- If using an oven, sprinkle the cheese over your dish (like a casserole or a pizza) and bake it at the temperature required by your recipe until the cheese is melted and bubbly.
- For microwave, put the cheese in a microwave-safe dish and heat it in short intervals (about 20-30 seconds), stirring in between until it’s melted to your liking.
3. Monitor closely: Regardless of the method you choose, make sure to keep a close eye on the cheese. It can go from melted to burnt very quickly.
4. Use immediately: Melted Oaxaca cheese is best when used immediately. It can become hard and lose its texture if it cools and sits for too long.
Is Oaxaca Cheese Healthy?
- Protein Source: Oaxaca cheese is a good source of protein, which is essential for building and repairing tissues in the body
- Calcium: It also provides calcium, which is important for bone health
- Keto-Friendly: Oaxaca cheese is minimally processed and free from non-keto sweeteners, highly refined oils, and food additives, making it a suitable choice for those on a ketogenic diet
- High in Sodium: Oaxaca cheese is high in sodium. Consuming too much sodium can lead to high blood pressure and other heart-related issues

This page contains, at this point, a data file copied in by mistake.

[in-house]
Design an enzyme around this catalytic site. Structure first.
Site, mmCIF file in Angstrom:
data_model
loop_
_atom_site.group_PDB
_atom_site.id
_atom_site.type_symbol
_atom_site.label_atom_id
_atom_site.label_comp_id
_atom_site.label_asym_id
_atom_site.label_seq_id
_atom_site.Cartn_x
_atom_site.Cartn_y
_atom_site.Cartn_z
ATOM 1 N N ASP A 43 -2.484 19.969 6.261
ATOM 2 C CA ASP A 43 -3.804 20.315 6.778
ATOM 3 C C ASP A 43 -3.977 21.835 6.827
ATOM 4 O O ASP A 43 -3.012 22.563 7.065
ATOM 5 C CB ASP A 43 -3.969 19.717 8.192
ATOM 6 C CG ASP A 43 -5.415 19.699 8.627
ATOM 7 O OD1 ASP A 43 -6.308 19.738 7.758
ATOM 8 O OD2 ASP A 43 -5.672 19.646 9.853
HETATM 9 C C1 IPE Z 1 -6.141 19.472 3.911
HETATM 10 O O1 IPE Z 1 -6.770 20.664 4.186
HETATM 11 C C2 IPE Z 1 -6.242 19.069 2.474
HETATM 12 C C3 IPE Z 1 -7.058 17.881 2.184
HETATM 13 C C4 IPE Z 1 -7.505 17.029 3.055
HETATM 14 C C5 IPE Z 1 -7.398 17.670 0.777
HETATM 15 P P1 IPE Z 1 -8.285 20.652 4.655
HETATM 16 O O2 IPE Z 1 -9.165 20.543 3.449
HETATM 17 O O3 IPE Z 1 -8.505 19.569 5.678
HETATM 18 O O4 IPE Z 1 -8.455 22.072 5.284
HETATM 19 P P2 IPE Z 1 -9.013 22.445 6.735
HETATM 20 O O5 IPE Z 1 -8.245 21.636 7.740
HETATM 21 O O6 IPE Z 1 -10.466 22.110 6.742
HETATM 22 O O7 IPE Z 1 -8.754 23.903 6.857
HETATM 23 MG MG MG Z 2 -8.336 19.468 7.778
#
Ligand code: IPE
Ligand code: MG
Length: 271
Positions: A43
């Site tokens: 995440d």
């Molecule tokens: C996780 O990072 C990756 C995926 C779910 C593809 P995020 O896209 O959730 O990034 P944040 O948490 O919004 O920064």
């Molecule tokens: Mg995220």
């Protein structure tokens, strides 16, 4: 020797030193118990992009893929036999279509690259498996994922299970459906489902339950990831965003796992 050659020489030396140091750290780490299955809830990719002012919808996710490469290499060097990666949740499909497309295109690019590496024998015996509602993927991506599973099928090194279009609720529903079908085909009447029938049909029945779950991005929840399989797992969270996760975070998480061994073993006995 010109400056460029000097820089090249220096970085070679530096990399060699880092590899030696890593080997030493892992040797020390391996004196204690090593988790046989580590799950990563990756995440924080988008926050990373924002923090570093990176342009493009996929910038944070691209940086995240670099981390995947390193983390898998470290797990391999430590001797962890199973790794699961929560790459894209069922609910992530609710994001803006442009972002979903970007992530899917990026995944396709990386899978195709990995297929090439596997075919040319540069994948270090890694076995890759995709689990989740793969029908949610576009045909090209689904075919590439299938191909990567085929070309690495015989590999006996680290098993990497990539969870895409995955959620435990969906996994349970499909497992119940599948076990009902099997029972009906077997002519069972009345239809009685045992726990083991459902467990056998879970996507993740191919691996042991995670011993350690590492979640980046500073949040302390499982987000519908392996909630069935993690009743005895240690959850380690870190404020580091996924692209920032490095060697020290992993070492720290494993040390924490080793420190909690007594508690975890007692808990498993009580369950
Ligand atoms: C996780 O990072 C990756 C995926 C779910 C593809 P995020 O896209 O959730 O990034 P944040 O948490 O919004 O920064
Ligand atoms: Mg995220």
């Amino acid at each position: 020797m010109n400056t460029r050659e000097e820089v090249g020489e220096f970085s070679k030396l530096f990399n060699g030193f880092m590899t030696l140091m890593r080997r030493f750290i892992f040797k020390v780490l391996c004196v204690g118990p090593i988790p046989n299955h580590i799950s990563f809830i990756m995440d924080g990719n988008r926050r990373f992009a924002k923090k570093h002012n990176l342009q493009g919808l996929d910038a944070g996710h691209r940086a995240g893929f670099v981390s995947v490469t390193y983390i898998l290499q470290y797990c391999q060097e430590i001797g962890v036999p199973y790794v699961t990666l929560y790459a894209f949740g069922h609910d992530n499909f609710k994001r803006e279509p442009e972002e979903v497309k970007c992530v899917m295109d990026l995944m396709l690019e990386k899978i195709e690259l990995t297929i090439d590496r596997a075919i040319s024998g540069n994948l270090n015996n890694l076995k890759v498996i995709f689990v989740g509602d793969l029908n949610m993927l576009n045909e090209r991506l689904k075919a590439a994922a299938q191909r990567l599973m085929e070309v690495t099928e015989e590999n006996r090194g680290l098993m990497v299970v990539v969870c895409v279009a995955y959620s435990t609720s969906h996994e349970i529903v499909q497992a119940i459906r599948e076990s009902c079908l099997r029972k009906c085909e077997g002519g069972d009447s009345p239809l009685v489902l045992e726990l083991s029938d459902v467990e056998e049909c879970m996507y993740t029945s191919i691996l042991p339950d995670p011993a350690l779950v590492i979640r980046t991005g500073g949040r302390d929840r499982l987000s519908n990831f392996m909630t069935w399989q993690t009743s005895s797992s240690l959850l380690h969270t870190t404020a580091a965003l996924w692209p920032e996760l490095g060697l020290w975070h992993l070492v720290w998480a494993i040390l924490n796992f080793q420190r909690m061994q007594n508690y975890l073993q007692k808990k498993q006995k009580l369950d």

- Calories and Saturated Fat: Cheese generally can pack a lot of calories and saturated fat into a small amount. A serving size of Oaxaca cheese (28.35g) contains around 80 calories and 15g of saturated fats
- Quality Matters: Not all Oaxaca cheese is created equal. Some versions of Oaxaca cheese have been flagged as potentially harmful to health. Always check the quality of the cheese and opt for reputable brands.
Where to Buy Oaxaca Cheese?
7 Best Oaxaca Cheese Substitutes
|Mozzarella||Mozzarella is a great substitute because of its similar melting properties and mild flavor. It may not have the same stringy quality as Oaxaca cheese, but it’s widely available and works well in most dishes1.|
|Monterey Jack||Monterey Jack is another good substitute due to its mild flavor and excellent melting properties. It’s commonly used in Tex-Mex cuisine2.|
|String Cheese||If you’re looking for the stringy texture of Oaxaca cheese, regular string cheese can be a good substitute. It’s usually made from mozzarella, so it has a similar flavor profile3.|
|Provolone||Provolone is an Italian cheese that melts well and has a slightly stronger flavor than Oaxaca. It can add a bit more depth to your dishes4.|
|Gouda||Gouda is a Dutch cheese that has a rich, slightly sweet flavor. It melts well and can work as a substitute for Oaxaca in many recipes5.|
|Asadero||Asadero is a Mexican cheese that is often used in baking because of its excellent melting properties. It has a mild flavor similar to Oaxaca6.|
|Chihuahua||Also known as queso menonita, Chihuahua cheese is a Mexican cheese that melts well and has a slightly tangy flavor. It can be a good substitute if you want something with a bit more flavor7.|
What Pairs Well With Oaxaca Cheese?
Food that goes well with Oaxaca:
|Breads and Grains||Tortillas, Baguettes, Crackers, Cornbread, Pita Bread|
|Meats||Grilled Chicken, Shrimp, Ground Beef, Chorizo, Pulled Pork|